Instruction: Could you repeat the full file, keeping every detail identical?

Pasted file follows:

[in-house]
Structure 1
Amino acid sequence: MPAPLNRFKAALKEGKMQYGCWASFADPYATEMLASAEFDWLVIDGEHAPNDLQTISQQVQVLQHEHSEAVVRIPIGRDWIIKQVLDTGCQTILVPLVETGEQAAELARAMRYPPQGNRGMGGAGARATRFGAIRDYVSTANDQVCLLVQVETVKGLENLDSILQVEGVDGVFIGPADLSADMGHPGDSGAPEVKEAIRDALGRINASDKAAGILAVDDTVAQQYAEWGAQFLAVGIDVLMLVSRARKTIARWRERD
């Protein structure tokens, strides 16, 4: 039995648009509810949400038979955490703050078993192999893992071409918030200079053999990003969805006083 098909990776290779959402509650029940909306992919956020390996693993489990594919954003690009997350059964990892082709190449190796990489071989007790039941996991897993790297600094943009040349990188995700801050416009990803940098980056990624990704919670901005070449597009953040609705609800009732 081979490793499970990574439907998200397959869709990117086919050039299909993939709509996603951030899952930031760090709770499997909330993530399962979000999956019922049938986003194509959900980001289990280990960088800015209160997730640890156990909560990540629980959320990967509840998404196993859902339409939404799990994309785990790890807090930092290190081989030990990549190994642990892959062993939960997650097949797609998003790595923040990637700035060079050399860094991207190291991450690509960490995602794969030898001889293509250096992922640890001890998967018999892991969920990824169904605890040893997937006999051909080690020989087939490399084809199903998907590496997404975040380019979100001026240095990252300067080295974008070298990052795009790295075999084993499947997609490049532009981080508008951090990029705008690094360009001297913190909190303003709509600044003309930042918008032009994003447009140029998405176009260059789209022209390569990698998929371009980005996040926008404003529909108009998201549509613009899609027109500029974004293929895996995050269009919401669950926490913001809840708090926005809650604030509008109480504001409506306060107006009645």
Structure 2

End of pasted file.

[in-house]
Structure 1
Amino acid sequence: MPAPLNRFKAALKEGKMQYGCWASFADPYATEMLASAEFDWLVIDGEHAPNDLQTISQQVQVLQHEHSEAVVRIPIGRDWIIKQVLDTGCQTILVPLVETGEQAAELARAMRYPPQGNRGMGGAGARATRFGAIRDYVSTANDQVCLLVQVETVKGLENLDSILQVEGVDGVFIGPADLSADMGHPGDSGAPEVKEAIRDALGRINASDKAAGILAVDDTVAQQYAEWGAQFLAVGIDVLMLVSRARKTIARWRERD
């Protein structure tokens, strides 16, 4: 039995648009509810949400038979955490703050078993192999893992071409918030200079053999990003969805006083 098909990776290779959402509650029940909306992919956020390996693993489990594919954003690009997350059964990892082709190449190796990489071989007790039941996991897993790297600094943009040349990188995700801050416009990803940098980056990624990704919670901005070449597009953040609705609800009732 081979490793499970990574439907998200397959869709990117086919050039299909993939709509996603951030899952930031760090709770499997909330993530399962979000999956019922049938986003194509959900980001289990280990960088800015209160997730640890156990909560990540629980959320990967509840998404196993859902339409939404799990994309785990790890807090930092290190081989030990990549190994642990892959062993939960997650097949797609998003790595923040990637700035060079050399860094991207190291991450690509960490995602794969030898001889293509250096992922640890001890998967018999892991969920990824169904605890040893997937006999051909080690020989087939490399084809199903998907590496997404975040380019979100001026240095990252300067080295974008070298990052795009790295075999084993499947997609490049532009981080508008951090990029705008690094360009001297913190909190303003709509600044003309930042918008032009994003447009140029998405176009260059789209022209390569990698998929371009980005996040926008404003529909108009998201549509613009899609027109500029974004293929895996995050269009919401669950926490913001809840708090926005809650604030509008109480504001409506306060107006009645």
Structure 2